Jarrod J Sowa
    October 14, 2019 at 11:38 pm

    Hi- Awesome post! My family of four (two adults, with kids aged 13 and 11) are looking at trekking to Choquequirao then continuing onto Yanama and finishing at Huancacalle over 8-9 days late May 2020. We will be looking at getting a guide with mules and a horse. Has anyone done this route?

    • Reply
      Taylor Record
      October 15, 2019 at 10:53 pm

      Hey Jarrod. Really glad it was useful! I haven’t personally hiked onto Huancacalle, but there’s more details on continuing via Yanama in our ebook. Anyone else hiked this route? Would also love to know what it’s like.

  • Reply
    Teresa
    October 16, 2019 at 2:32 am

    My 10 year old daughter and I did this solo this past summer. It’s an amazing hike that I highly recommend. Hiring mules will certainly make it much easier. Definitely cover up as the bugs are terrible. Bug repellant did not do much. A fantastic experience.

    • Reply
      Taylor Record
      October 16, 2019 at 6:16 pm

      Good for her! I know I was still grumbling on hikes at 10.

  • Reply
    Bas
    October 16, 2019 at 12:21 pm

    I would seriously reconsider doing the Choquequirao-Yanama-Huancalle route with young children. Might be they are really big/sturdy kids for their age, but the hike is, even with mules and guides (multiple) a heavy version.
    You might consider adopting a more star like route configuration.
    If how ever you do decide to go for the route in you current configuration I’d turn it around, as Choquequirao is (IMHO) the most untouched (yet) and offers more room to explore. (Spend a whole day on site, stay until late on the higher terrace of Place Principal for sunsets from heaven). Take at least a day for Huancacalle to, the Manco Inka is quite a hike on it’s own. Also being the hardcore hikers you are, do not forget Vilacabamba, it’s a neat place!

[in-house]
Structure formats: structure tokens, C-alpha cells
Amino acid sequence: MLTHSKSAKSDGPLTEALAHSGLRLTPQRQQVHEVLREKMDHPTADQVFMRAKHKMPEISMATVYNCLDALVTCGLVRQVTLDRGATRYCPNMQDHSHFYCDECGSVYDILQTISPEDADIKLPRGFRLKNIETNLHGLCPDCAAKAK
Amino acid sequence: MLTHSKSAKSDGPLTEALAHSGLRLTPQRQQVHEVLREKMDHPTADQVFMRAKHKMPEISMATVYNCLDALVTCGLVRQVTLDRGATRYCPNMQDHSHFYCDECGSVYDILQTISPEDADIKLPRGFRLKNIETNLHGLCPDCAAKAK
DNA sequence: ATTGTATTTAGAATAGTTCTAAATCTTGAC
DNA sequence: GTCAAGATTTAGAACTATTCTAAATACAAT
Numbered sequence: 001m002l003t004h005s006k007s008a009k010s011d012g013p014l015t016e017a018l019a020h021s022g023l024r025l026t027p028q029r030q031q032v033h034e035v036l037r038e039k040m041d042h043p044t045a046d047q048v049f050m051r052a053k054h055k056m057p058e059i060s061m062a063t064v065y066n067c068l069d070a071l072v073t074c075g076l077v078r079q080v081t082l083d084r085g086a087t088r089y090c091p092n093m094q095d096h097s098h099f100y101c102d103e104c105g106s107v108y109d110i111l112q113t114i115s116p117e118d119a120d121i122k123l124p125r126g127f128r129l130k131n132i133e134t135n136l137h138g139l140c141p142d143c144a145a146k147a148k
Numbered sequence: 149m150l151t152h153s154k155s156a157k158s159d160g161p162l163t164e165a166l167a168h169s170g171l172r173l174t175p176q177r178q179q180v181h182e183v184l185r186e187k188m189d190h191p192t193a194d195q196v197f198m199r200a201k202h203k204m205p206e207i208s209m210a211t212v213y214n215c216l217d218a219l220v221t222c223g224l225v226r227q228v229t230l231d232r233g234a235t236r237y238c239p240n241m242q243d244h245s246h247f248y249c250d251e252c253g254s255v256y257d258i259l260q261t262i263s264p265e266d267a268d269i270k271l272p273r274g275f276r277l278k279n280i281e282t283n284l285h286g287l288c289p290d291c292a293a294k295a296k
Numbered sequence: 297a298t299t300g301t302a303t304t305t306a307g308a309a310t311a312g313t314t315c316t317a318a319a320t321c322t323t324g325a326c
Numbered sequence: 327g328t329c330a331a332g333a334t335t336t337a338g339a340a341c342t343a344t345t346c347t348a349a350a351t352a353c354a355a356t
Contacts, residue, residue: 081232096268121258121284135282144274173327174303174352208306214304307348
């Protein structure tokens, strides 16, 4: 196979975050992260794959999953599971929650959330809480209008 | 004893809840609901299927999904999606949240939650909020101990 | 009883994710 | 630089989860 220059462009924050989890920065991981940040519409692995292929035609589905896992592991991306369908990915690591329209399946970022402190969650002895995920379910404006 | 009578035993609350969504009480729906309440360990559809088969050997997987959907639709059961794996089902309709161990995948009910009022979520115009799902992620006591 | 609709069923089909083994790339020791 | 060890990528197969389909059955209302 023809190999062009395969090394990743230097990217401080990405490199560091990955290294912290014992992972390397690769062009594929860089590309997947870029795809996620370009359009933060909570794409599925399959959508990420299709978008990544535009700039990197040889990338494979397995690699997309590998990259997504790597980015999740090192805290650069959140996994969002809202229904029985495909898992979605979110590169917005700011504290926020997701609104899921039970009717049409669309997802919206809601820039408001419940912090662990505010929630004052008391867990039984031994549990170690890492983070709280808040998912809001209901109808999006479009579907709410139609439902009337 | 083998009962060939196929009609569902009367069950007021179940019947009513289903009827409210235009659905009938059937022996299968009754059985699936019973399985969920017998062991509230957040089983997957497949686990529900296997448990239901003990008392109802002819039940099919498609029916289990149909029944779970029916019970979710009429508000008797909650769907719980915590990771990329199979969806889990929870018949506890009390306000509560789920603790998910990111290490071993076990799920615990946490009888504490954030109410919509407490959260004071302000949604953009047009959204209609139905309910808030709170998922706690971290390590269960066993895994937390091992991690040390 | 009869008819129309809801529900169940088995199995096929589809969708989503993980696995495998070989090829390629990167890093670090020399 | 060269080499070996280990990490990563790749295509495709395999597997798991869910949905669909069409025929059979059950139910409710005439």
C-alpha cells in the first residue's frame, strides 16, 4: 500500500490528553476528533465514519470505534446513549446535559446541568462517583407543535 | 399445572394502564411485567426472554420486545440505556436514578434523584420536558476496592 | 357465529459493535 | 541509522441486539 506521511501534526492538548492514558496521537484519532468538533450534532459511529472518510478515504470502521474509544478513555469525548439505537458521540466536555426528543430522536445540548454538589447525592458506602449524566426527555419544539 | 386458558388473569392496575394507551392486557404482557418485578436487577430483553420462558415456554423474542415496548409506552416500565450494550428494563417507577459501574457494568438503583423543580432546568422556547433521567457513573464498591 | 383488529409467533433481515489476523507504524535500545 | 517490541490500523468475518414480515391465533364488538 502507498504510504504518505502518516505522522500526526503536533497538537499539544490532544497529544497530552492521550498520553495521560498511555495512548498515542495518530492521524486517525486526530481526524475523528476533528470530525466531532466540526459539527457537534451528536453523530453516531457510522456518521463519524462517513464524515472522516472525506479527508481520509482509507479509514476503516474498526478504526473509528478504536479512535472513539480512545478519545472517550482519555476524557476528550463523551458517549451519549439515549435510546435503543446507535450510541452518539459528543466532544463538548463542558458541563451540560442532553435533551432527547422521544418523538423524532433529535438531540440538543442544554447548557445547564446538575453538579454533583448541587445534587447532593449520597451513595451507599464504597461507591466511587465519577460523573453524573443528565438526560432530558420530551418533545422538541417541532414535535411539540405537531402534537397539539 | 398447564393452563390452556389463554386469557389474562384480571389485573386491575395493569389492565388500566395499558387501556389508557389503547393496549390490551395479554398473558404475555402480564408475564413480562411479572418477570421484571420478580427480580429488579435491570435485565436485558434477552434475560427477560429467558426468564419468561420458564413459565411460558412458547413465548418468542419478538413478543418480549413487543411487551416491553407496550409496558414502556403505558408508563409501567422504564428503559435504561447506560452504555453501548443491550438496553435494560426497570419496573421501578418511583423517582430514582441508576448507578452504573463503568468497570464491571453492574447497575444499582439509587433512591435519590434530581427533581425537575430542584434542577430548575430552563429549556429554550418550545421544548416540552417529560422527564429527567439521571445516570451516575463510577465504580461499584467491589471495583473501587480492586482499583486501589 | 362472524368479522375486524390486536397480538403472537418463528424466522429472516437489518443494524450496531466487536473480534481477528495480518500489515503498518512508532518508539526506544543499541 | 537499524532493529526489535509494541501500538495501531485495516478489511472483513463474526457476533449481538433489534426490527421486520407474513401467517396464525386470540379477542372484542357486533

Also late may you could have somewhat more inclement weather. Even though the tables state Peru being dry then.

  • Reply
    Tom
    October 22, 2019 at 2:08 pm

    Hi guys! We (mainly) used your guide to do ‘the classic route’ September 21st to 24th 2019, and it was one of the best things we did in Peru!
    That said, we did experience a few changes compared to the descriptions we’ve read here and on other blogs. Facilities at Playa Rosalina were very poor. There was no one there, and no running water (dirty bathrooms). Santa Rosa Baja was quite lively, some guides were gathered here and there was a shop that was selling drinks. Santa Rosa Alta on the other hand seemed almost abandoned. The bathroom facilities were locked and there was no one here to help us. We considered our fitness average, however this trek was quite hard for us. We carried about 10-15 kg each, which felt like way to much.

    • Reply
      Taylor Record
      October 29, 2019 at 12:31 am

      Hey Tom. First of all, love hearing from someone after the trek! Thanks for writing. As for campsites, that’s definitely helpful information. Anything else in the post appear out of date to you?

  • Reply
    Mike
    November 7, 2019 at 9:16 pm

    Taylor, Finished the Classic Route to Choque 2 days ago – my 13 yo boy and I. Your online guide is spot on and was worth the money – eased my anxiety and saved a day or two. Since I have more money than time and patience we rented a car in Cuzco, went unguided and without mules. Early a.m. starts/ resupplied at camp sites/ 2 nights at the only hotel in Marampata allowed us to travel pretty light and therefore fast which relative on this trail. Had a full day at Choquequirao. As of November 2019 your campsite info is spot on. Thanks, Mike

    • Reply
      Taylor Record
      November 7, 2019 at 10:05 pm

      Hey Mike. First of all, it makes me so happy to hear that! Really appreciate you taking the time to comment and say so. Anything that you noticed has changed so I can keep the guide updated? Congrats on finishing, and extra impressed by your 13-year-old. I’m almost certain I would have complained the whole way at that age!